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10 billion records sit in unsecured databases - China leads the pack

11 Aug 2020

China, the United States, India, Germany, and Singapore are the top five countries with the most unsecured databases in the world – or at least that’s according to new research from NordVPN.

The security firm partnered up with a white hat hacker to scan Elasticsearch and MongoDB libraries for unsecured databases, over the space of one year. 

The hacker uncovered a total of 9517 unsecured databases, collectively containing more than 10 billion entries – that's 10,463,315,645 entries containing data such as emails, passwords, phone numbers, and other sensitive information.

China topped the list with 3794 exposed databases, containing a collective of more than 2.6 billion (2,629,383,174) detected entries.

The United States wasn’t too far behind, with 2703 exposed databased and 2.4 million (2,397,583,255) entries.

India had 520 exposed databases with 4.9 million entries; Germany had 361 exposed databases with 248 million entries; Singapore had 355 exposed databases with 2.3 million entries.

Rounding out the top 10 most exposed databases include France, South Africa, the Netherlands, Russia, and the United Kingdom.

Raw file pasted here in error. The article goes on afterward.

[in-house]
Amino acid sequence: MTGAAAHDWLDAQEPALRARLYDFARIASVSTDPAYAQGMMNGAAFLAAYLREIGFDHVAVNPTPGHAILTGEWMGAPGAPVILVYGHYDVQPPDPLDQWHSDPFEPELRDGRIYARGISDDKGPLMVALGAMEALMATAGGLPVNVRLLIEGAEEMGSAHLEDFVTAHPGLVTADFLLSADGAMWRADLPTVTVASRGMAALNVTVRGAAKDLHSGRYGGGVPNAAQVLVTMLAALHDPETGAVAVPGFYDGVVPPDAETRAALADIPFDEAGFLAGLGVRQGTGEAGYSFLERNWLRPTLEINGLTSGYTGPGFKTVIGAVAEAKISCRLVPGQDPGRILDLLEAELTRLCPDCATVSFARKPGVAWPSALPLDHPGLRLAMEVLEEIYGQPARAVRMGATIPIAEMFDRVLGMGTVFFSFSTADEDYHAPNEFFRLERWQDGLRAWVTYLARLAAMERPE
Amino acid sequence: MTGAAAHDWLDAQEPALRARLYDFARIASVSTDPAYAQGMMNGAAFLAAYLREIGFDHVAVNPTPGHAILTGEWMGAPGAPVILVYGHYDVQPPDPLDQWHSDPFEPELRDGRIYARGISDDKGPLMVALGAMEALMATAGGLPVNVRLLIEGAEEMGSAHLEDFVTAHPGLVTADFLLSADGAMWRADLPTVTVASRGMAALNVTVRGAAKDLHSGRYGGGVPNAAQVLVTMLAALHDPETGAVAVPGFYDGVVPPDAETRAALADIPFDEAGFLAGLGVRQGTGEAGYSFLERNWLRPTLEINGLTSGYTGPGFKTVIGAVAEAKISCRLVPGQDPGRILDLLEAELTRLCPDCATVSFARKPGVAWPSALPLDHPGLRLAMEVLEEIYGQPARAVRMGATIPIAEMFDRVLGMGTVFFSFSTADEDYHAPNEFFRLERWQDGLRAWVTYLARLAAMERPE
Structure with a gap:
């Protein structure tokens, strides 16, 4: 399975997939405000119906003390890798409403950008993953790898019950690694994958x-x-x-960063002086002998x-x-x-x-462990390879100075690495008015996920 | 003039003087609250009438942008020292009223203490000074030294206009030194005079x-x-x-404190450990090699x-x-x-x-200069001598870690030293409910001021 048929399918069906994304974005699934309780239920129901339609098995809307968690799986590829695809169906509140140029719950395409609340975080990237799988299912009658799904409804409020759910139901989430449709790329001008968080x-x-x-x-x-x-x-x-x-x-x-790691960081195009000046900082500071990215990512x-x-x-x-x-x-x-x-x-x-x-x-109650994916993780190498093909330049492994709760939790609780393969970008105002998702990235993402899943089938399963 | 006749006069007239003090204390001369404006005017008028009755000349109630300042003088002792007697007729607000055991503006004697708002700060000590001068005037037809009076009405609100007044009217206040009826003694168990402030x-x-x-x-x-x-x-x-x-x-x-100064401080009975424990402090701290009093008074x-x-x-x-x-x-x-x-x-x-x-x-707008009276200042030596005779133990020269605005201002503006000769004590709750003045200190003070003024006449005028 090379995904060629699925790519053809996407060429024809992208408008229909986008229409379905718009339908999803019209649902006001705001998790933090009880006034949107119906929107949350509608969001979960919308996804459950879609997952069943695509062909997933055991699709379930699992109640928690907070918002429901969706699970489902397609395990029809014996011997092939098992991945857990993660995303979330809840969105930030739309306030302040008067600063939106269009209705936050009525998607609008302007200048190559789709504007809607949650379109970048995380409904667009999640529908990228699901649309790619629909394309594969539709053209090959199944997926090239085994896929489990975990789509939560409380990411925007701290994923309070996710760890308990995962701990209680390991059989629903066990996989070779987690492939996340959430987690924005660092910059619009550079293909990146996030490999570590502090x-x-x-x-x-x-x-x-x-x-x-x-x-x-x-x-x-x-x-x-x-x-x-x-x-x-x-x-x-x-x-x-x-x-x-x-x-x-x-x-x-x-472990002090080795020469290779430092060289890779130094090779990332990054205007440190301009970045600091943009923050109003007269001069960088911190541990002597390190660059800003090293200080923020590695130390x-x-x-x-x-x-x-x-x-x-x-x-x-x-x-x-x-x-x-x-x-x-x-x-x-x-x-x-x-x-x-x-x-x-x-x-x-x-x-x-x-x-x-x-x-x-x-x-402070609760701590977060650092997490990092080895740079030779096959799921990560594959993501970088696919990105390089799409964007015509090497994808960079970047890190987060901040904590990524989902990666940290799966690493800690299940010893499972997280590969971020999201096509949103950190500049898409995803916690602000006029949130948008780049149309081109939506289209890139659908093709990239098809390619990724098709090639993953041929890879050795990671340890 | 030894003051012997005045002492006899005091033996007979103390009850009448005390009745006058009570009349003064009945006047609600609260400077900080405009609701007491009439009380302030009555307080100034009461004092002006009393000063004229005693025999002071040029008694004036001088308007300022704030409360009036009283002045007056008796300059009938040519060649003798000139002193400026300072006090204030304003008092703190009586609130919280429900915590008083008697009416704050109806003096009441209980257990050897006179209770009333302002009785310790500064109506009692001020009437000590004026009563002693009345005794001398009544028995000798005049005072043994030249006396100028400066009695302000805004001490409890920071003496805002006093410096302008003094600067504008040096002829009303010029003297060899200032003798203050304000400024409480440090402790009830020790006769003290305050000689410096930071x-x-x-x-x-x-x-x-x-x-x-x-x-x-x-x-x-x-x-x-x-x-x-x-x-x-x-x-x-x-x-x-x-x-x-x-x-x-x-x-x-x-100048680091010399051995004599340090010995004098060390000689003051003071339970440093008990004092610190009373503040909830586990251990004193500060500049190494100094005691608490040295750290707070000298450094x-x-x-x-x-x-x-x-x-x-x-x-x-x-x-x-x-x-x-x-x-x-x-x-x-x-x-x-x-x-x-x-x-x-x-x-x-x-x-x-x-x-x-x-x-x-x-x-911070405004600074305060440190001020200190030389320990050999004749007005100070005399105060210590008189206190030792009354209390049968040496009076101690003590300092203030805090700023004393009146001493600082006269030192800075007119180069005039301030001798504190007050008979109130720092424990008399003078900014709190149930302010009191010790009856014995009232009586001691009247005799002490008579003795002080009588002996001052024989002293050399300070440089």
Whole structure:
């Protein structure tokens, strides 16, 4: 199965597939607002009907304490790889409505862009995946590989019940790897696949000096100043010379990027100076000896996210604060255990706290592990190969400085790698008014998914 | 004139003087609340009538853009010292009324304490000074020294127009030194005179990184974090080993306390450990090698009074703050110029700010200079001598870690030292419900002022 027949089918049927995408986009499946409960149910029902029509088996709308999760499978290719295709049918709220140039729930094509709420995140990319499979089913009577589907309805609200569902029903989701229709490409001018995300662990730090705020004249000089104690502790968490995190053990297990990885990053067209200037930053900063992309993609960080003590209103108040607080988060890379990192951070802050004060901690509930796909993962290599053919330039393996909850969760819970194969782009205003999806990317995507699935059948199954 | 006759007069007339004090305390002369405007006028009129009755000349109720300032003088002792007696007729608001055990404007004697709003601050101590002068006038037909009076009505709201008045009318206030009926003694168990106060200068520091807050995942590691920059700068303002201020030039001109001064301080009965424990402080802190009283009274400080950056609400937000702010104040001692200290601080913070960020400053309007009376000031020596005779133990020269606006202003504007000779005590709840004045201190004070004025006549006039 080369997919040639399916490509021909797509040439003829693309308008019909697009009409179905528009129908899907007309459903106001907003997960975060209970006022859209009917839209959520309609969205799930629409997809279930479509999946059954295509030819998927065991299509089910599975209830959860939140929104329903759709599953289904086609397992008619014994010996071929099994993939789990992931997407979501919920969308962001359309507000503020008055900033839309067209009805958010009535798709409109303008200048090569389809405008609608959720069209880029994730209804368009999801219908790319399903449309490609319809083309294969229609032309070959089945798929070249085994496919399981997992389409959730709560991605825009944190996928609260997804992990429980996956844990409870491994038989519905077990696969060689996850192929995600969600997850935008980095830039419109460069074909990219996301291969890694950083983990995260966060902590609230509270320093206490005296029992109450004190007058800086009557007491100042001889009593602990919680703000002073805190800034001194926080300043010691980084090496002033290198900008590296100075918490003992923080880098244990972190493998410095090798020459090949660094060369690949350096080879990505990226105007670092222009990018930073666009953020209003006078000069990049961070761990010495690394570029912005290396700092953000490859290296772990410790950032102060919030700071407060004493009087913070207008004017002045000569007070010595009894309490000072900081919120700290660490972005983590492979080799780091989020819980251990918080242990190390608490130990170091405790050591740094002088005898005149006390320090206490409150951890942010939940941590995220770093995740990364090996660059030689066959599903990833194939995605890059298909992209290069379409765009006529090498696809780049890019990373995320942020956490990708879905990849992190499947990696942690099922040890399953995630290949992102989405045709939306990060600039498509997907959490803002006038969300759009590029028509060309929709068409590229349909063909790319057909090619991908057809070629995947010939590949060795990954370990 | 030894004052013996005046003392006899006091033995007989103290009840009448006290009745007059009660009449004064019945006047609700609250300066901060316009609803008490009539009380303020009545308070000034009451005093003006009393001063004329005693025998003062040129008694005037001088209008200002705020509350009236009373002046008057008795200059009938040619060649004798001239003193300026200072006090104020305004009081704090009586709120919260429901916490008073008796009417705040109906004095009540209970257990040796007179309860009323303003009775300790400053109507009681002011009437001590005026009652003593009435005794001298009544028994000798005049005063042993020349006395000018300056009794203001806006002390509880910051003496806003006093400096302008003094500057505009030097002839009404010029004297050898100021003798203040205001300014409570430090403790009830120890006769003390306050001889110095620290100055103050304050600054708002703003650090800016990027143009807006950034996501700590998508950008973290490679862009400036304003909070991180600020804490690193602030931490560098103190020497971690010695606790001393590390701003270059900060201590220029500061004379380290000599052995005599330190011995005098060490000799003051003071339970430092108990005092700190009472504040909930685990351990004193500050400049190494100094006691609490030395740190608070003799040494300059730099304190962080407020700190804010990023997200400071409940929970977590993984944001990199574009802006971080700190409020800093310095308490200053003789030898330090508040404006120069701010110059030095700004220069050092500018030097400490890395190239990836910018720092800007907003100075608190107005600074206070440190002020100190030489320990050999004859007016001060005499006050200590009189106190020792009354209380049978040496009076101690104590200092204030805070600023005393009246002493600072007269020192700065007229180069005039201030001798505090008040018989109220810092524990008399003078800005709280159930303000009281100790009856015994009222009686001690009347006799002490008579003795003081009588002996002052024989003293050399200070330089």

Other countries included South Korea, Ireland, Vietnam, Hong Kong, Brazil, Japan, Canada, Iran, Australia, and Taiwan.

NordVPN warns that although some of the exposed entries could be ‘junk’ and only used for the purposes of testing, it could be hugely damaging if sensitive information were exposed.

NordVPN points to recent data leaks including a case where 540 million Facebook records were exposed on Amazon cloud servers.

Furthermore, search engines such as Shodan and Censys scan the internet constantly, enabling people to gain access to open databases. NordPass security expert Chad Hammond says anyone could scan the internet in as little as 40 minutes.

Security threats, such as automated ‘Meow’ attacks that destroy data without reason or ransom, also place unsecured databases at more risk.

Hammond says, “Every company, entity, or developer should make sure they never leave any database exposed, as this is obviously a huge threat to user data.”

He adds that database protection should include data encryption at rest and in motion, identity management, and vulnerability management.

“All should be encrypted using trusted and robust algorithms instead of custom or random methods. It’s also important to select appropriate key lengths to protect your system from attacks.”

“Identity management is another important step and should be used to ensure that only the relevant people in an enterprise have access to technological resources.”

“Finally, every company should have a local security team responsible for vulnerability management and able to detect any vulnerabilities early on,” he concludes.

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